The Jilting Of Granny Weatherall Summary

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Weathering the Storm Katherine Anne Porter, a native Texan, wrote “The Jilting of Granny Weatherall”. Granny is being visited by the doctor. She denies being sick but feels her bones floating. Granny remembers the past but at times confuses it with the present as she wavers in and out of reality and consciousness. The hard work of life reminds her of the letters in the attic that she does not want her children to find and that she took great pains to keep a tidy house. She had prepared herself for death at sixty and then “got over the notion” after she actually became ill and recovered. Cornelia’s attentiveness makes Granny feel old, but her other children, Jimmy and Lydia, still ask her advice reminding Granny of raising the children. Granny…show more content…
Even when at sixty Granny believed she was dying, Granny overcame the sickness because she endured. Endurance is a means of persevering through adversity. Granny recalls riding out to women having babies and sitting with sick animals and people and hardly ever losing one. Granny was not self-absorbed but became involved in helping others through their problems. Mentoring a person suffering an adversity is a chance to help them but also a chance to make use of a personal adversity and persevere. Joseph Wiesenfarth asserts Granny’s children are her consolation for the pain suffered in her life (“Internal Opposition” 106). The attentiveness of Cornelia and the rushing of Lydia and Jimmy to be at their dying mother’s bedside points not to children who consoled their mother but of a mother who consoled her children overcoming adversity for the sake of their future. Focusing on the future is a means of perseverance through…show more content…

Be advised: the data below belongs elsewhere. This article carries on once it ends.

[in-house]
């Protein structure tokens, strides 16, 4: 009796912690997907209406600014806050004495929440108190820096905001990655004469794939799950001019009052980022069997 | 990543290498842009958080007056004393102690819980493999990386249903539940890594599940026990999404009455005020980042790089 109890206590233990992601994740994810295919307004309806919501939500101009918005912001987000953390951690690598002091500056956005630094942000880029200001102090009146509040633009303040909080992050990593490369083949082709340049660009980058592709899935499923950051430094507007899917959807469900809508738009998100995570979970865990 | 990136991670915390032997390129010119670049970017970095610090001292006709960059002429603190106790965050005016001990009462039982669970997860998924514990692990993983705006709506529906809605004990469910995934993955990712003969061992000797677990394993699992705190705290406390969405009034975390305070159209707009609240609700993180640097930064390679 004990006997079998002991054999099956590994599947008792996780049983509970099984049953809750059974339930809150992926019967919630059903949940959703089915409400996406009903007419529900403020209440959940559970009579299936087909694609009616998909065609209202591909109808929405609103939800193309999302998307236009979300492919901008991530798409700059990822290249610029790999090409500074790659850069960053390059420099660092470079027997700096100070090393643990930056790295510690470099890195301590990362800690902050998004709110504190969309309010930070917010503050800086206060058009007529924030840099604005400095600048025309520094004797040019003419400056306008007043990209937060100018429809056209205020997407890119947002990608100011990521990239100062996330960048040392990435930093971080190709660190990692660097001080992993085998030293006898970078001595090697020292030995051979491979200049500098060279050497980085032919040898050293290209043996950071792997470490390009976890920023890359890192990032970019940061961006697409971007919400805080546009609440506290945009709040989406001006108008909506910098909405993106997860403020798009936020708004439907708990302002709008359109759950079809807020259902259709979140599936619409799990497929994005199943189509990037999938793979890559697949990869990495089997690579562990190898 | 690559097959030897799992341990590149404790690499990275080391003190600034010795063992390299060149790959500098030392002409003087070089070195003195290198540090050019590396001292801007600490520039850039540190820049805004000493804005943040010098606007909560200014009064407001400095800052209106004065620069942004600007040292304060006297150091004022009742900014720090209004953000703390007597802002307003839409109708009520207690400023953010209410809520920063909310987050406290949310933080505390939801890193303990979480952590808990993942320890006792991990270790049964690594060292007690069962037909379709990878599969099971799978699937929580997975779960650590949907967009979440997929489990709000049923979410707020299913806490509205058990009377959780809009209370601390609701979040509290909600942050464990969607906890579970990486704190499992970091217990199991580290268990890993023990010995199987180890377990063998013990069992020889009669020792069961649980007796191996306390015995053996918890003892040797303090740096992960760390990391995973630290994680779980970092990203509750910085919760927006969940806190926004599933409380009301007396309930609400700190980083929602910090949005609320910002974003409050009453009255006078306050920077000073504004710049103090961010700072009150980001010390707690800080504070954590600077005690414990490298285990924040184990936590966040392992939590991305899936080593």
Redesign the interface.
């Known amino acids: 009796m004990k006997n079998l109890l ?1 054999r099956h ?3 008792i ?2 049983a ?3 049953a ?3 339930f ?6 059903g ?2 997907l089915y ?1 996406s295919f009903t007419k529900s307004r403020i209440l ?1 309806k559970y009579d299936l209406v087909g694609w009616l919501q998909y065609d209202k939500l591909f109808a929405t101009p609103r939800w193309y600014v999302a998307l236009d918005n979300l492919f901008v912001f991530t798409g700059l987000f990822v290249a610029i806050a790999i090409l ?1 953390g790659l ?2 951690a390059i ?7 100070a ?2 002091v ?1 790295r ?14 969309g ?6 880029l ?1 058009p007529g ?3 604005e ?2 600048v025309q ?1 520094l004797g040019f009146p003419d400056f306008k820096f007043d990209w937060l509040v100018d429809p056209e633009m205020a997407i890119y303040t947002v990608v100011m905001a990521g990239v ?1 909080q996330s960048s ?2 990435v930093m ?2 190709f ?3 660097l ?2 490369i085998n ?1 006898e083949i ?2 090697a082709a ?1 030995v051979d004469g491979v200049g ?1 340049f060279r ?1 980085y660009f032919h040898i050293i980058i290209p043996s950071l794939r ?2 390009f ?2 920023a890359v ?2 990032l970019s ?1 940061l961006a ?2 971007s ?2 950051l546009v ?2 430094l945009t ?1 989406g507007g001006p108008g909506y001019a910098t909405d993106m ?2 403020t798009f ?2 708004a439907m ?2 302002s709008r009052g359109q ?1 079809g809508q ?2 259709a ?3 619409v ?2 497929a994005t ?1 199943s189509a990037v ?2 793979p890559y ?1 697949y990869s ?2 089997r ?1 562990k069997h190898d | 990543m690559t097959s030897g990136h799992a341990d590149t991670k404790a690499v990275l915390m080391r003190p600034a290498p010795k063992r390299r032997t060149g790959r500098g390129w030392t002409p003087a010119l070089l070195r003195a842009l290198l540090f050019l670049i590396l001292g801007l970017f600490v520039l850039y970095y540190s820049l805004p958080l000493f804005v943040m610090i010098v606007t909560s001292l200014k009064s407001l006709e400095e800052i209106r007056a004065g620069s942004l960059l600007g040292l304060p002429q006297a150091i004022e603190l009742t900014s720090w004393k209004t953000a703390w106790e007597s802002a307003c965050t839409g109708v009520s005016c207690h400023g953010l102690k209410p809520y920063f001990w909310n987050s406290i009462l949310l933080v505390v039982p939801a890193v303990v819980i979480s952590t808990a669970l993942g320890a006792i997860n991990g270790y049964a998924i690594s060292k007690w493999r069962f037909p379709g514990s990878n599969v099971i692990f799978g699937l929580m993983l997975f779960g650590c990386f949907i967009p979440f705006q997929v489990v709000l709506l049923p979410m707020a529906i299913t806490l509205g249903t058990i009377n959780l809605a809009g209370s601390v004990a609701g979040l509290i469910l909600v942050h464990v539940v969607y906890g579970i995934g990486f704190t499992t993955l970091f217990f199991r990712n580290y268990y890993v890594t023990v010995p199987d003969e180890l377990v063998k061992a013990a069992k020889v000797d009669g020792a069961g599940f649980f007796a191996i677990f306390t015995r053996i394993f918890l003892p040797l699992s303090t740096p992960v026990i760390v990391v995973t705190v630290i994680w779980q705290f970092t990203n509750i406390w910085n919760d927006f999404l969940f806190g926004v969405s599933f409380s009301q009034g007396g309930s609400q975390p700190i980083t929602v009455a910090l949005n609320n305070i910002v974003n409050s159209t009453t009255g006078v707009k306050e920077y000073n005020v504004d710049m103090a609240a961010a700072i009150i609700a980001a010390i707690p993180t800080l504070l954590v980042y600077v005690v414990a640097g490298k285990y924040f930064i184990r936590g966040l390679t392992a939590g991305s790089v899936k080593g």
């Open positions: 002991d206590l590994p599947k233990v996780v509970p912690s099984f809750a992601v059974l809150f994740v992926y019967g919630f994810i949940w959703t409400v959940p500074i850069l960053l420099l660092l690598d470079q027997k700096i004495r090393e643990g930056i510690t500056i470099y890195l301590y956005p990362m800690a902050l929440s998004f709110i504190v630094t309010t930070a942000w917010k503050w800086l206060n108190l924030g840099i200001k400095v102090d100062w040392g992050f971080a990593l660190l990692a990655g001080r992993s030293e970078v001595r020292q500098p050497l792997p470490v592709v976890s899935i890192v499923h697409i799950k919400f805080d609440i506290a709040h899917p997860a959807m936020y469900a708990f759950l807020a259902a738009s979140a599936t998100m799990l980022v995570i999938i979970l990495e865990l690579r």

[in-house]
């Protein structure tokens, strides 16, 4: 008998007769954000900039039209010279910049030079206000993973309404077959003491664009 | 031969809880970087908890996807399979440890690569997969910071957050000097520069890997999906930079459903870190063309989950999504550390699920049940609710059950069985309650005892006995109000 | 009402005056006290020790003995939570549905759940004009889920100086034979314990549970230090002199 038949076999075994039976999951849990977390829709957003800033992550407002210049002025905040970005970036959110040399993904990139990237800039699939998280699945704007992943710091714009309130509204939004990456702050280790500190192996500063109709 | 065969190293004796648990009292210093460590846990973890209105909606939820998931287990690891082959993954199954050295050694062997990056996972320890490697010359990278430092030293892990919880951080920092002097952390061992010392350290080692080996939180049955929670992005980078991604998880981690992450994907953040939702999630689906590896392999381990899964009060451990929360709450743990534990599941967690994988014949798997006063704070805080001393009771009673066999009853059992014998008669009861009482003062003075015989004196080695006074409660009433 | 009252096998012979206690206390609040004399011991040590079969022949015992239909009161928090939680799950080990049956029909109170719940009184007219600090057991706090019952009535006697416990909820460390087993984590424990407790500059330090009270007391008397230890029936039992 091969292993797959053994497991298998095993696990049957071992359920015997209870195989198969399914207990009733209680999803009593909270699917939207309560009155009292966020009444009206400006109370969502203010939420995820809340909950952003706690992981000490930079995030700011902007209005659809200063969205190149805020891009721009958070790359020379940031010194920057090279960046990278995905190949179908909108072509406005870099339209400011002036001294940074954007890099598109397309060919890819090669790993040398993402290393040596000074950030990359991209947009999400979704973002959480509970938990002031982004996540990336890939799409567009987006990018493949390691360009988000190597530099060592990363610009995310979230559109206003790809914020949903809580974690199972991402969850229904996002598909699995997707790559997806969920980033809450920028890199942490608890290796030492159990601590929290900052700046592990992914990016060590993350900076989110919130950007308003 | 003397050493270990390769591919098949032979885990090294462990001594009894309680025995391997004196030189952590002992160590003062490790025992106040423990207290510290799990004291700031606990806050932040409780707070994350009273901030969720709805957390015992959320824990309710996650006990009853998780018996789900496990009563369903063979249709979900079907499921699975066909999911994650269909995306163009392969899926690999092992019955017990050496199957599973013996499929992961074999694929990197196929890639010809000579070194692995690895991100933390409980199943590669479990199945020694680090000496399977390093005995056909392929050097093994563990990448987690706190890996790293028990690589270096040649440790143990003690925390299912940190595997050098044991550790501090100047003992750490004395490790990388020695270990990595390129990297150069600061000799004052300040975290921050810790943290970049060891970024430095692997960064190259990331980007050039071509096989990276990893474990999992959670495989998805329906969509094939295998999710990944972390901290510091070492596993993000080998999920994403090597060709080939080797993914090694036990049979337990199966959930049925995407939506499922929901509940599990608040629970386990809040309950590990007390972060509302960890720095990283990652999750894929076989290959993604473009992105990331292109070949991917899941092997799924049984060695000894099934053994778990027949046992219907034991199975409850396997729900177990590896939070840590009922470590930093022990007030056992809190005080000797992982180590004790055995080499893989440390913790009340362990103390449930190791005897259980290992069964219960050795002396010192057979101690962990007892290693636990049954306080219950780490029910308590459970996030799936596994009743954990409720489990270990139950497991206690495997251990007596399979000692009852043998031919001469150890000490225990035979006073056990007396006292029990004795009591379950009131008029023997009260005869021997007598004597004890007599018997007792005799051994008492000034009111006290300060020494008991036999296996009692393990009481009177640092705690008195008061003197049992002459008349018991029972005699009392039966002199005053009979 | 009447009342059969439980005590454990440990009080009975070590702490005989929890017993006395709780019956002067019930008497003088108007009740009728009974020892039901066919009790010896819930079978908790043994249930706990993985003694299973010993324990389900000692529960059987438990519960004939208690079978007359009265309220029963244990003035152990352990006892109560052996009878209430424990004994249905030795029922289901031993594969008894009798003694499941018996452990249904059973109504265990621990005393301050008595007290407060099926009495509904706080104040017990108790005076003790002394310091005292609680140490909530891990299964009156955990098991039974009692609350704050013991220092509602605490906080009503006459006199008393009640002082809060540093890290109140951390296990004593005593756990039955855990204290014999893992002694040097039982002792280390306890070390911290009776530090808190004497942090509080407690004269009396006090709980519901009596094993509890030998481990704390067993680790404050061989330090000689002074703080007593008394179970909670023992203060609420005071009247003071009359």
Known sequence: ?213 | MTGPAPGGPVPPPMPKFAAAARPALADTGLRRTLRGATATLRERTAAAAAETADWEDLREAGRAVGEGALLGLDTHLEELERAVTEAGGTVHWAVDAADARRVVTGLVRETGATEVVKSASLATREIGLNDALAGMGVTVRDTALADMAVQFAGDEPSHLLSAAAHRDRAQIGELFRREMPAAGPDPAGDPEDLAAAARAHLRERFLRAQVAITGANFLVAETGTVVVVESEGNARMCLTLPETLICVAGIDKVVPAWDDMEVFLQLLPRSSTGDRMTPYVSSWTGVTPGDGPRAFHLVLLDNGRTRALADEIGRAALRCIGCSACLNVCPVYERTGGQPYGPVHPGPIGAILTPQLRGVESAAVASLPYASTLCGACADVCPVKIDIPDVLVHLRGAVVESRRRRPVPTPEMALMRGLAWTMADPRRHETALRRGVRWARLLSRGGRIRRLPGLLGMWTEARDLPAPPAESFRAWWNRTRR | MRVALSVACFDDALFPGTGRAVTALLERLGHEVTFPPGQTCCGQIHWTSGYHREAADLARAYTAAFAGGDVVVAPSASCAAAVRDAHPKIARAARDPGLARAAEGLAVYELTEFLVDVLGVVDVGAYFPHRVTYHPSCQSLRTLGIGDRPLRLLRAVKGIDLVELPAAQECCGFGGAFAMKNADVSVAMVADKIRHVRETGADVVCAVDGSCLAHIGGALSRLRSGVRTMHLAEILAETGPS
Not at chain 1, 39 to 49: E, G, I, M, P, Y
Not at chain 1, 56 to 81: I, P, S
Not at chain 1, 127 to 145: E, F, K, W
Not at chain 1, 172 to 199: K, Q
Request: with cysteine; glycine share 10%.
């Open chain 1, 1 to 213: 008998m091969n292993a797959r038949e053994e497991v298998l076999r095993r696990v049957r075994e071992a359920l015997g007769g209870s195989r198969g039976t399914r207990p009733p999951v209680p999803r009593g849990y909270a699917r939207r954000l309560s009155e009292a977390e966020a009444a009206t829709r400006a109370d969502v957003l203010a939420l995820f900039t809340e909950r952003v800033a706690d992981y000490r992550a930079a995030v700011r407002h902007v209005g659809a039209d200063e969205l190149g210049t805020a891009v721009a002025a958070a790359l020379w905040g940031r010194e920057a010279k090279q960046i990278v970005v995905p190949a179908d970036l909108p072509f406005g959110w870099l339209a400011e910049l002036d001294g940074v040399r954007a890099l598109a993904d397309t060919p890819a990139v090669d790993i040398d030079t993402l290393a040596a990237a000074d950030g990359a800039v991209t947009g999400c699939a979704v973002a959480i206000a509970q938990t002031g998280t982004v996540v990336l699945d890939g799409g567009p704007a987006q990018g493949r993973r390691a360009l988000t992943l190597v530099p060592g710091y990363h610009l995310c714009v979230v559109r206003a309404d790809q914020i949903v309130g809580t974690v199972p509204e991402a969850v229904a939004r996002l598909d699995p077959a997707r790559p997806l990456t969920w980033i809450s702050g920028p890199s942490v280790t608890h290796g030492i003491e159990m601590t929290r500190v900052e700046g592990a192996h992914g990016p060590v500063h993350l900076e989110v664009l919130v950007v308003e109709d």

Granny Weatherall has weathered all with more than her fair share of life’s adversities. The oldest adversity Granny recalls is George’s jilting. Joseph Wiesenfarth declares the jilting is the “central fact of her life,” (“Internal Opposition” 107). Anyone would have been hurt by being left at the altar and would have thought about it over the years. Granny wishes to forget the jilting because she is self-disciplined with no desire for self-pity. The internal quality of self-discipline is a means of persevering through adversity. Granny states she is on intimate terms with “a few favorite saints” and mentions St. Michael. St Michael is a warrior. Granny views herself as a warrior and has fought and conquered her adversities. A fighting spirit is a means of persevering through adversity. Joseph Wiesenfarth insists that after George’s jilting Granny never risked loving again (“Internal Opposition” 108). This fallacy implies Granny felt no real love for John. Granny has not forgotten the pain of the jilting and that painful memory serves to contrast and enhances her love for John. Granny wishes to show off the children to John, not George. Granny remembers her appearance and youthful looks when remembering John, not George. Granny knows true love because she has known true sorrow. Granny’s true love for John is what carried her through the hardships of life, and John is the bridegroom she looks for at
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